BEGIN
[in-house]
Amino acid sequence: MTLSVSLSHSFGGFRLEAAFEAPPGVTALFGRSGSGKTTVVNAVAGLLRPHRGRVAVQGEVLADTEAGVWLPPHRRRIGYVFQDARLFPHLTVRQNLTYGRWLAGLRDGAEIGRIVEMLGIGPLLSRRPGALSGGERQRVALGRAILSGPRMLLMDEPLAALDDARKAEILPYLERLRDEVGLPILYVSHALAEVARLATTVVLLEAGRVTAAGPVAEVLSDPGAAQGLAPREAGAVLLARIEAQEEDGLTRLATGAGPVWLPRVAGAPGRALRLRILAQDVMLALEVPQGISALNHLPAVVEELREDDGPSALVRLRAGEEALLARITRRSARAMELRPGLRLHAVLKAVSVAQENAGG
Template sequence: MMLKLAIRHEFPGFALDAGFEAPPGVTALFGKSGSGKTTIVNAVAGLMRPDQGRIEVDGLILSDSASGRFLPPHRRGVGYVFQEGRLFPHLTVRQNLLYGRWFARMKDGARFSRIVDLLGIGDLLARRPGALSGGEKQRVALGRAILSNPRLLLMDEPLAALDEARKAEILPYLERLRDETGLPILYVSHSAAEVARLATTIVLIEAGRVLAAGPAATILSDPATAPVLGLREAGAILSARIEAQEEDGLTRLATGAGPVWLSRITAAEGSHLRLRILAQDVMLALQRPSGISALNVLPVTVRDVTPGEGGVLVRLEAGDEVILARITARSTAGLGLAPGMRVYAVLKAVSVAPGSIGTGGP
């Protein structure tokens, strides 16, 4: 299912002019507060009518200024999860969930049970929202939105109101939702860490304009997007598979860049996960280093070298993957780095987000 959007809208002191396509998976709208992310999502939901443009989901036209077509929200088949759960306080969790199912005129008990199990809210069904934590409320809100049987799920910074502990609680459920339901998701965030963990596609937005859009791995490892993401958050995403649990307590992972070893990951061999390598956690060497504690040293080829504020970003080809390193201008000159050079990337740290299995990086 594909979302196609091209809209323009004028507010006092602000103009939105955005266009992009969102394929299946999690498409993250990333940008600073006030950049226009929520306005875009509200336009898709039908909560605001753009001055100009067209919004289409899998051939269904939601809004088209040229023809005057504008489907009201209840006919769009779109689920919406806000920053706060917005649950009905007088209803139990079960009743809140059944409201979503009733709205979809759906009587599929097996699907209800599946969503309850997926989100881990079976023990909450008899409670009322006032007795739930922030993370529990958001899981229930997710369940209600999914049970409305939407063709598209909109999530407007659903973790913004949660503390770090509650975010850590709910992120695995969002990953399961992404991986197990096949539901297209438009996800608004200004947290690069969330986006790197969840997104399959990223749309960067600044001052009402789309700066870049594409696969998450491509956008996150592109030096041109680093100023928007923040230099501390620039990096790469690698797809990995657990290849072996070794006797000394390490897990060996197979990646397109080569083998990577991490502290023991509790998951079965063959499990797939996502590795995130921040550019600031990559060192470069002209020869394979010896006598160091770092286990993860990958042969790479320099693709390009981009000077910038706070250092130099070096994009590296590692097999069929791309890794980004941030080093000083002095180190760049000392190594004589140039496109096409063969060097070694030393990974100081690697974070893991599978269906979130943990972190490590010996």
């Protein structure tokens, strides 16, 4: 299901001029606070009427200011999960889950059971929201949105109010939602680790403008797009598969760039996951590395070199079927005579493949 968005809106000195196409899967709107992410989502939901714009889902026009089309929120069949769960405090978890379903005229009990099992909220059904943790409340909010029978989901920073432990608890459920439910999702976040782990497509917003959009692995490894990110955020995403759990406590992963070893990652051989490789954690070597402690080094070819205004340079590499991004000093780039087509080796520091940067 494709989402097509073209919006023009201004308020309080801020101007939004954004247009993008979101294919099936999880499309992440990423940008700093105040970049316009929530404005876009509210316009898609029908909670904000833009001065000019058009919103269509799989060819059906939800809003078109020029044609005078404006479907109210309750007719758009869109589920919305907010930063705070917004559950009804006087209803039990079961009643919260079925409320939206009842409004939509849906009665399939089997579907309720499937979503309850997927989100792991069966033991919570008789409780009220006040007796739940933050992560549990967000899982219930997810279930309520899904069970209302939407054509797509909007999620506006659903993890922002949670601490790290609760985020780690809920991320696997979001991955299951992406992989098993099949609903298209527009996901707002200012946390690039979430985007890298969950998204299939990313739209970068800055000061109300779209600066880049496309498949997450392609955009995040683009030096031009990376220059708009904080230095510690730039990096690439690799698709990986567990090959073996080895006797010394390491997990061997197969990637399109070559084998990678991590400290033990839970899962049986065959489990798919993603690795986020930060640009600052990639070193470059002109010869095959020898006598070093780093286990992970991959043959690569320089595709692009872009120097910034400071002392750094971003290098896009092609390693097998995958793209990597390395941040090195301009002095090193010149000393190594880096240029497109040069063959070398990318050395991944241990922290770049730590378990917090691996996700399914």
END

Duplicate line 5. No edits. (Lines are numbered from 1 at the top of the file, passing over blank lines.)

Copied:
């Protein structure tokens, strides 16, 4: 299901001029606070009427200011999960889950059971929201949105109010939602680790403008797009598969760039996951590395070199079927005579493949 968005809106000195196409899967709107992410989502939901714009889902026009089309929120069949769960405090978890379903005229009990099992909220059904943790409340909010029978989901920073432990608890459920439910999702976040782990497509917003959009692995490894990110955020995403759990406590992963070893990652051989490789954690070597402690080094070819205004340079590499991004000093780039087509080796520091940067 494709989402097509073209919006023009201004308020309080801020101007939004954004247009993008979101294919099936999880499309992440990423940008700093105040970049316009929530404005876009509210316009898609029908909670904000833009001065000019058009919103269509799989060819059906939800809003078109020029044609005078404006479907109210309750007719758009869109589920919305907010930063705070917004559950009804006087209803039990079961009643919260079925409320939206009842409004939509849906009665399939089997579907309720499937979503309850997927989100792991069966033991919570008789409780009220006040007796739940933050992560549990967000899982219930997810279930309520899904069970209302939407054509797509909007999620506006659903993890922002949670601490790290609760985020780690809920991320696997979001991955299951992406992989098993099949609903298209527009996901707002200012946390690039979430985007890298969950998204299939990313739209970068800055000061109300779209600066880049496309498949997450392609955009995040683009030096031009990376220059708009904080230095510690730039990096690439690799698709990986567990090959073996080895006797010394390491997990061997197969990637399109070559084998990678991590400290033990839970899962049986065959489990798919993603690795986020930060640009600052990639070193470059002109010869095959020898006598070093780093286990992970991959043959690569320089595709692009872009120097910034400071002392750094971003290098896009092609390693097998995958793209990597390395941040090195301009002095090193010149000393190594880096240029497109040069063959070398990318050395991944241990922290770049730590378990917090691996996700399914």